Washington cuts sanctions on Myanmar ahead of democratic transition

YANGON - The US has temporarily lifted certain trade sanctions on Myanmar, aiming to reinvigorate trade and support a peaceful political transition after a historic victory by democratic leader Aung San Suu Kyi's party in November elections.

The US Treasury Department maintains a list of "Specially Designated Nationals" with ties to Myanmar's military. US companies are prohibited from doing business with them or entities they own. Many of Myanmar's largest companies -- including port and airport operators -- are so designated.

But as of Monday, US companies are allowed to temporarily use ports and other logistics facilities owned by SDNs for bilateral trade. The exception is set to expire in June, but is widely expected to be extended if Suu Kyi's National League for Democracy's transition to power goes smoothly next spring.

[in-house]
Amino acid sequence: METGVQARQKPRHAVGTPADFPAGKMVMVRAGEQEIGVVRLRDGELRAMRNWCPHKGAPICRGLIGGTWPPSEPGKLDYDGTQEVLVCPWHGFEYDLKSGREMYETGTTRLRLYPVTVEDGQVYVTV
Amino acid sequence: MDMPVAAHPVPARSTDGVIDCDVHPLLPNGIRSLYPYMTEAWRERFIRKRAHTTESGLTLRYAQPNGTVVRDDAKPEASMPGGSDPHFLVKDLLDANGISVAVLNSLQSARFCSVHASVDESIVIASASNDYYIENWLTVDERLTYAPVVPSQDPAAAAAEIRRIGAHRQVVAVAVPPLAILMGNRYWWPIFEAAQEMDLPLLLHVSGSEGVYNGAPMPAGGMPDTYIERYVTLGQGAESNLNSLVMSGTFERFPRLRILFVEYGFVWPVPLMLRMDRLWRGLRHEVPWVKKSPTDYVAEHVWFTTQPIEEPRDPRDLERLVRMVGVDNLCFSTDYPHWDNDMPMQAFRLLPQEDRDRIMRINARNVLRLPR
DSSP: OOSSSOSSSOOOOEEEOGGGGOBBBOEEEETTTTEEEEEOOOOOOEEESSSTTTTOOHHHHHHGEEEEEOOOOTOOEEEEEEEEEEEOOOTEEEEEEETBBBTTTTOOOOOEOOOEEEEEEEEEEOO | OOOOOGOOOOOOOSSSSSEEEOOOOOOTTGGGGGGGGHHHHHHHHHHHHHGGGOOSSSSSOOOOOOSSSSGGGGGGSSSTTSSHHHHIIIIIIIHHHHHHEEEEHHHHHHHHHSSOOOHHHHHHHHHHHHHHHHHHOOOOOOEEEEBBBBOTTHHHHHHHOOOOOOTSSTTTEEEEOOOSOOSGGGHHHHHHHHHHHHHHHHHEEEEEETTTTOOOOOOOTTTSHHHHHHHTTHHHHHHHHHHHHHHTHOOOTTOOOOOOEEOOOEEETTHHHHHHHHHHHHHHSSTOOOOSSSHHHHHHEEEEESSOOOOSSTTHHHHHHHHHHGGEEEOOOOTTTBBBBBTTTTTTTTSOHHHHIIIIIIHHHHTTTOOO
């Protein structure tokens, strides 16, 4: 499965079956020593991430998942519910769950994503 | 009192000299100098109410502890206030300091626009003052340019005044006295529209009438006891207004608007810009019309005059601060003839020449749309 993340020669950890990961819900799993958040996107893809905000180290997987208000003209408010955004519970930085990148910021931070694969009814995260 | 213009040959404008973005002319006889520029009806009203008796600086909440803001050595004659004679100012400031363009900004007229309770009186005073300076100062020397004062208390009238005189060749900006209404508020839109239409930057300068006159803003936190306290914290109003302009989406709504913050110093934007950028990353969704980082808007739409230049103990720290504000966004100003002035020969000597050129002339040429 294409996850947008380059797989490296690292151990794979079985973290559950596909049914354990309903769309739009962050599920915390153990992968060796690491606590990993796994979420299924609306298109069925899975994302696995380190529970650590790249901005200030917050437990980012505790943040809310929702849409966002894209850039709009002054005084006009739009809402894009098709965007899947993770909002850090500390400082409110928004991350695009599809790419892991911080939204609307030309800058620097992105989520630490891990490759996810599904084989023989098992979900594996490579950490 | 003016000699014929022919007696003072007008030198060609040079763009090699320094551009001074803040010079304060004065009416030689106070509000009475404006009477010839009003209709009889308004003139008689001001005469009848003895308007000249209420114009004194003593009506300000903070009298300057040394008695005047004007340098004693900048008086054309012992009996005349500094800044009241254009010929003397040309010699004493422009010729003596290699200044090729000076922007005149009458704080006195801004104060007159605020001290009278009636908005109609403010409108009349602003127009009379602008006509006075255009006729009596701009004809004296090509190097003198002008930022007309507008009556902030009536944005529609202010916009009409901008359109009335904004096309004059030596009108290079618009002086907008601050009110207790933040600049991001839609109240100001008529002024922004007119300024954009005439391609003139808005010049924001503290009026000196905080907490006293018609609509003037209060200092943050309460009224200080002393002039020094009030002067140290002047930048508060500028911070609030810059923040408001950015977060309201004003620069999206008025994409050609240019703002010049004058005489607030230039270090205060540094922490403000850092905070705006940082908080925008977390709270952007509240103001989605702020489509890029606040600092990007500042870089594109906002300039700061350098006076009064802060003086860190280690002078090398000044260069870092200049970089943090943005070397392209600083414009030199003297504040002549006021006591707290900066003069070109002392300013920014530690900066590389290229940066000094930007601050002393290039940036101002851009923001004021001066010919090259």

Myanmar's largest seaport, the Asia World Port Terminal here, is among the country's newly usable facilities. Asia World, the port operator's parent, is blacklisted as an SDN. US companies are still banned from doing business with the firm, but may now use the port. Logistics facilities Asia World runs at Yangon International Airport and elsewhere are also likely now usable.

The exception will certainly expand US-Myanmar trade, and will also likely give a boost to non-American companies looking to set up shop in the country. Dealing with Myanmar will now pose less of a risk to companies' reputations in the US, making the shift an excellent chance to boost investment in the Southeast Asian country, a Japanese trading house official noted.

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